Jeremy swallowed and frowned, glancing behind him as if to make sure no one was listening. Neil was oblivious, of course, in the midst of demonstrating some kind of move with Matt serving as his life size model as Kevin nodded vigorously. “He’s not afraid of Neil,” Jeremy said finally, once they’d both lost interest in the demonstration.
Andrew said nothing. He hadn’t thought of Knox as particularly dishonest, but his opinion was changing.
Jeremy ran a hand through his hair. “There’s some…history, and I think any kind of memory…Well, he just tries to avoid memories of that time,” he finished lamely. Andrew’s jaw tightened.
“From what Neil has said, it seems like the bad memories are pretty one-sided. Generally speaking,” Andrew leaned closer, getting in Jeremy’s space. He could see the grey streaks in his blue eyes, the freckles splashed over his straight nose. He could smell the gin he’d been drinking. “The party helping the torturer doesn’t have the same right to martyrdom as the party being tortured.”
“He didn’t torture-,” Jeremy began, heated, but as Andrew’s eyes narrowed slightly, he lost his nerve. He tapped the pen he’d been using to sign the check once, twice on the bar top before straightening up. He smiled again at Andrew. “It’s late. I’m tired. Nice to see you and Neil. Let me know next time you guys are in Los Angeles.”
Andrew probably could have stopped him, but the fact was that, as annoying as he found Knox, he wasn’t a threat to Neil. And Moreau—well, Andrew thought scornfully as he finally got his second drink and wandered back to the crowd of idiots he associated with, a cowering relic. Andrew took his seat next to Neil, who immediately folded into him subconsciously as he listened with rapt attention to Kevin and Thea argue about the new officiating rules about overtime.
Andrew ignored them all, his eyes finding Jeremy who was climbing into a black cab outside. When he turned back, Neil was looking at him. “Hey,” he said softly, his eyes bright and crinkled around the edges. “What were you talking to Jeremy about?”
Andrew watched a bead of sweat trickle down Neil’s temple and was suddenly very aware of how hot it was in the bar, dense and pressing. “Moreau,” he answered. He’d tried to speak quietly, but hadn’t noticed the conversation around him getting quiet. Much to his annoyance, Kevin had overhead and was now listening intently.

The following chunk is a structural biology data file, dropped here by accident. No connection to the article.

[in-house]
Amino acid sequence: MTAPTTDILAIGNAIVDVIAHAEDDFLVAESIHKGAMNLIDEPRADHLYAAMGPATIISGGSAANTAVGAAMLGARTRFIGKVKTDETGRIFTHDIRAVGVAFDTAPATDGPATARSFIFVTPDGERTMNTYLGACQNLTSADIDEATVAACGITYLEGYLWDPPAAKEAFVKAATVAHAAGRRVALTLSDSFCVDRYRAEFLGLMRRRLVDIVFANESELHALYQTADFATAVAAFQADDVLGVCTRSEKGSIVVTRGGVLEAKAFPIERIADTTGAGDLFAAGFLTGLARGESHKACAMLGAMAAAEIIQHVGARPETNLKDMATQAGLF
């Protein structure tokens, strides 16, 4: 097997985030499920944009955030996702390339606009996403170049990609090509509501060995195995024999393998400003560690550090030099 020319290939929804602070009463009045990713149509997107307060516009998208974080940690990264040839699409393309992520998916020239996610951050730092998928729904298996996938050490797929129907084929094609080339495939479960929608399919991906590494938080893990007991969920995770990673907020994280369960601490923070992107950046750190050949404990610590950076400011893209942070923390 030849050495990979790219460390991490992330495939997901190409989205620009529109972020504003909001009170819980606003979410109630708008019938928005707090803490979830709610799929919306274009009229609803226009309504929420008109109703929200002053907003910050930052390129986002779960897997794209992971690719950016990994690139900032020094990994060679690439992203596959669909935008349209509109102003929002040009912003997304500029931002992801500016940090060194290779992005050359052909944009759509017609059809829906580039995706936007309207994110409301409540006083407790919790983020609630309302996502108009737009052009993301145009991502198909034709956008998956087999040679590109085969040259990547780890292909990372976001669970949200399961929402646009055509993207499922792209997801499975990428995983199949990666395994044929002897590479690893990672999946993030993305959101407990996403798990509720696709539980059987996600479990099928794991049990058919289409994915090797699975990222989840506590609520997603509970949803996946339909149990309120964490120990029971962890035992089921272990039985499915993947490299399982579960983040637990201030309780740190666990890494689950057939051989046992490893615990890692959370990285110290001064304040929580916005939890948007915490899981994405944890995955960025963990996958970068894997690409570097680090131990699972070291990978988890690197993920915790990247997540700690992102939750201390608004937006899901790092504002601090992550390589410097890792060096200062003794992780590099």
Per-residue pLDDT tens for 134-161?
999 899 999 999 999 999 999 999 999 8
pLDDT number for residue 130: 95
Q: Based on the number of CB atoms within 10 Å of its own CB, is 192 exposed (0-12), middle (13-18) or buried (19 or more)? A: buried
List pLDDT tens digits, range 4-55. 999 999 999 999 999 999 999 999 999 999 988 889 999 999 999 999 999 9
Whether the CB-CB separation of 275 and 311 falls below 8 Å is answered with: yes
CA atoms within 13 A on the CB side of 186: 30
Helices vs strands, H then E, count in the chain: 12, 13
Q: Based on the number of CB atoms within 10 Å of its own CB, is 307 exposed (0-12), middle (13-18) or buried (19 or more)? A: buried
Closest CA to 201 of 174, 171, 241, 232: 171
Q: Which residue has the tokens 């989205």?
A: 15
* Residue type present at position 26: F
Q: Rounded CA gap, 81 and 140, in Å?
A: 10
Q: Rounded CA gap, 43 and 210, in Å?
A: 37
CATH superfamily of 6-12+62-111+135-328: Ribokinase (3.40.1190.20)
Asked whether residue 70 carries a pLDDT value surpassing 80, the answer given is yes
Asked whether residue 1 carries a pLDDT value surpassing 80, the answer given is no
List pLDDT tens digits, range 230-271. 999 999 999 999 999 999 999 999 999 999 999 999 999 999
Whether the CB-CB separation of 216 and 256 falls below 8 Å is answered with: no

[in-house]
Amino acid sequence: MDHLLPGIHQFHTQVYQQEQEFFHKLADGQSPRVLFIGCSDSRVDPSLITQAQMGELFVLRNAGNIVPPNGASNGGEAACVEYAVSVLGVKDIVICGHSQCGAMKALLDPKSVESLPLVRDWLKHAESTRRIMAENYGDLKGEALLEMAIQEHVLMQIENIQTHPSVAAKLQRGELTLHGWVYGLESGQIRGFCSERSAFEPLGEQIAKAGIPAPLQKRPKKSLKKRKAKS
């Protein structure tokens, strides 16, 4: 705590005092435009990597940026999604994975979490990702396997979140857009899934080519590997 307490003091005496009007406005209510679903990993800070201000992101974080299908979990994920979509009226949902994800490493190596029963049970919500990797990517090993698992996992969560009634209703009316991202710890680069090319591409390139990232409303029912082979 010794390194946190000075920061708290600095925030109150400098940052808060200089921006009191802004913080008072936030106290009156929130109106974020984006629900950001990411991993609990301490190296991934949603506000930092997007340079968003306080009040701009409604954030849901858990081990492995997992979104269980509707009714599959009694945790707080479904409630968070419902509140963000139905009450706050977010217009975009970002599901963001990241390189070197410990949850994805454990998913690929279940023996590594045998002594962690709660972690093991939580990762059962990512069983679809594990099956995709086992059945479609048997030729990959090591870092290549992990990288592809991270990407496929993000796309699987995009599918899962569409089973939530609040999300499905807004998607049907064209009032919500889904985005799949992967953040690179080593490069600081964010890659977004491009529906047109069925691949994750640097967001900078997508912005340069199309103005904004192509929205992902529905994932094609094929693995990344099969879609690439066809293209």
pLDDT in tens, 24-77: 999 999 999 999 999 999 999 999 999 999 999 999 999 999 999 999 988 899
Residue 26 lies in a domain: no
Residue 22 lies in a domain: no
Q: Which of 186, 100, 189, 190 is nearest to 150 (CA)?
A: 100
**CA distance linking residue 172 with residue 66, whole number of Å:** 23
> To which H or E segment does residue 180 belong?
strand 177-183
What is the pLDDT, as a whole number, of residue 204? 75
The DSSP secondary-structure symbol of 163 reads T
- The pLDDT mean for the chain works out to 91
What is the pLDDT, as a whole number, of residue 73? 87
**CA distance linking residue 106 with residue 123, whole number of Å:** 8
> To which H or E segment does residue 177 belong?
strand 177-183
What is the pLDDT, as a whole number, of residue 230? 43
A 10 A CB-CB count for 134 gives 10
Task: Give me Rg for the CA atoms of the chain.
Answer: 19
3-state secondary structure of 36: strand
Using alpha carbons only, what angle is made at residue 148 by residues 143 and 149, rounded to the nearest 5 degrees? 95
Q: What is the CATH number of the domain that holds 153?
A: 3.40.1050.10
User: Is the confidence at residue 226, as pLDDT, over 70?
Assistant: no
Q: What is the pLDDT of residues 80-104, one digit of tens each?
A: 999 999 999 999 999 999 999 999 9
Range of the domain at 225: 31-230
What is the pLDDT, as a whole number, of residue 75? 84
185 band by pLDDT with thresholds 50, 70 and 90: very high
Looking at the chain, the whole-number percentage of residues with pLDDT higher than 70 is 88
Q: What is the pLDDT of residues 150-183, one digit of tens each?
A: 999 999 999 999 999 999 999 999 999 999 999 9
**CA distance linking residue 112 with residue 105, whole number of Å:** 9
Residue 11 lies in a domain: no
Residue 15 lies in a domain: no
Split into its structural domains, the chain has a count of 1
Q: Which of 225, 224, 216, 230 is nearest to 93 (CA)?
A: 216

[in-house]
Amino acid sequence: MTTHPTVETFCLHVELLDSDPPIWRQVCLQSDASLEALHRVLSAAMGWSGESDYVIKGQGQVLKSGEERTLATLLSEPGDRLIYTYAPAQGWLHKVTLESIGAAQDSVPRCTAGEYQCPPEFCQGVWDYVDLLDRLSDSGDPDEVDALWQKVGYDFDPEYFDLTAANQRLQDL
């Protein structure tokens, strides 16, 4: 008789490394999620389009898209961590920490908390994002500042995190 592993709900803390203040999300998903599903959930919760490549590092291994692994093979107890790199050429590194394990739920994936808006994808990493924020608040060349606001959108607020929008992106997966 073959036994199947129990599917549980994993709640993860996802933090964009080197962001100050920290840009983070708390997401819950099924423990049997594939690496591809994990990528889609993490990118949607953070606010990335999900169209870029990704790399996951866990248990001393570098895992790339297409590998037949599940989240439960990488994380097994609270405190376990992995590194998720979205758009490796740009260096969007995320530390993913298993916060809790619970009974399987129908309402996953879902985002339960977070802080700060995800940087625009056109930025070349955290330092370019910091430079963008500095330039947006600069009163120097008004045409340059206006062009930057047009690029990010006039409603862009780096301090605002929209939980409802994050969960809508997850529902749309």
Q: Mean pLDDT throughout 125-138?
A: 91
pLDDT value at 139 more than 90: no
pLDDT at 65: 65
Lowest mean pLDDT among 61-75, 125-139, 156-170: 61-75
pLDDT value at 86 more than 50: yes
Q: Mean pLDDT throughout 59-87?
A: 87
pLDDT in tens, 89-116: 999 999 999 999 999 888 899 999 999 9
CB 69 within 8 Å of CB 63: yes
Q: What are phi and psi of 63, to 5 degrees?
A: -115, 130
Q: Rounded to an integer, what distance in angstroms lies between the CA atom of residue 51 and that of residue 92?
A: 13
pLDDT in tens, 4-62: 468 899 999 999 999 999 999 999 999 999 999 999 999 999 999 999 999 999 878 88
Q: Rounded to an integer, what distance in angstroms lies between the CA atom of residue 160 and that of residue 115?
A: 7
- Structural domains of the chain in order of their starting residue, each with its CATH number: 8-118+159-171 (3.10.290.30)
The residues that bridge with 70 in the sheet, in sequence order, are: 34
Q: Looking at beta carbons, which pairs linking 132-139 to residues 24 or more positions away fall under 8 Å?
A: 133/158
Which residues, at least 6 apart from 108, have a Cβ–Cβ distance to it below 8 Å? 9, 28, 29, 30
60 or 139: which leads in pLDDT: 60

Neil frowned, puzzled. “Jean isn’t here, though,” he replied.
Andrew scoffed. “Some of us are capable of having discussions about things that are not right in front of us,” he replied, standing. Neil rolled his eyes in a casual sort of exasperation before launching back into conversation. Andrew collected his empty glass.
Chapter 2: Balcony
He’d given the taxi driver a 50% tip, Jeremy realized as he boarded the elevator and selected the right floor. He’d been so eager to get out of the car and back to Jean that he’d just grabbed whatever bill he could find in his wallet.
Jeremy hurried back to their hotel room and rushed inside, breathless and windblown. He looked wildly around the room and did not see Jean, and his heart skipped a beat. But then he saw that Jean was on the balcony, wrapped in a blanket from the bed and reading the book he’d bought at the airport. There was a glass of red wine beside him. The door was slightly open, enough so that the slight breeze was rustling the morning paper on the desk.
Jeremy bit his lip and frowned slightly. He shrugged off his jacket and dead-bolted the hotel room door. He couldn’t tell if Jean had seen him, so he tried to make as much noise as possible as he took off his watch and his shoes and his socks. He popped out his contacts and dropped his glasses deliberately. As they clattered to the floor, Jeremy stared out at Jean. Jean had not moved.
With a sinking feeling, Jeremy put on his glasses and stepped forward. He made sure to approach Jean from the front, forcing his broad frame through the small opening without opening the sliding door any more than he had to. Jean still didn’t look up. Jeremy’s heart had started to beat a little faster, a heaviness settling on his chest. If Jean was having a rough night—if he was lost in his own thoughts…